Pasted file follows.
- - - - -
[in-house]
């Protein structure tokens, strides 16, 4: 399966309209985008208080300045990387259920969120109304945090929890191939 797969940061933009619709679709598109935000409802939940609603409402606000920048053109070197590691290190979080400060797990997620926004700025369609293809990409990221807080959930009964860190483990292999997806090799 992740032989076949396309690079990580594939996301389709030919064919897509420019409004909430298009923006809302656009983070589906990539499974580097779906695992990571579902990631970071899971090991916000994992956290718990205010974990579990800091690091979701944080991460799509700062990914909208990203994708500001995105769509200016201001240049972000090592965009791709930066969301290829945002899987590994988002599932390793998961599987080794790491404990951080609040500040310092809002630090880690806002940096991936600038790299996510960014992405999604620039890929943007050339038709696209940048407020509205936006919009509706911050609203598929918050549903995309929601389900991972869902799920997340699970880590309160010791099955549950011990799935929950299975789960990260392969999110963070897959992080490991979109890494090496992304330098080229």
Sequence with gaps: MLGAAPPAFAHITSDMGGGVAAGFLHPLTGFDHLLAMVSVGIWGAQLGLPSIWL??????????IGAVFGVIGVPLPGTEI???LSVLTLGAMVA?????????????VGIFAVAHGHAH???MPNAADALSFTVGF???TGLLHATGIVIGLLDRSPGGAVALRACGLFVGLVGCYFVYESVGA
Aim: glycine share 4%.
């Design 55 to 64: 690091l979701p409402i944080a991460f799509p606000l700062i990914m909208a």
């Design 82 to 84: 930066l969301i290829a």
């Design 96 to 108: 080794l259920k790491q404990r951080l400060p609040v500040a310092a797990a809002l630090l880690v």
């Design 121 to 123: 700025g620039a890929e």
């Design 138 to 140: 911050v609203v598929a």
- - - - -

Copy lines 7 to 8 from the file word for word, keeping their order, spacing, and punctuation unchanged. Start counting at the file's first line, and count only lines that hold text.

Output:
């Design 96 to 108: 080794l259920k790491q404990r951080l400060p609040v500040a310092a797990a809002l630090l880690v």
């Design 121 to 123: 700025g620039a890929e």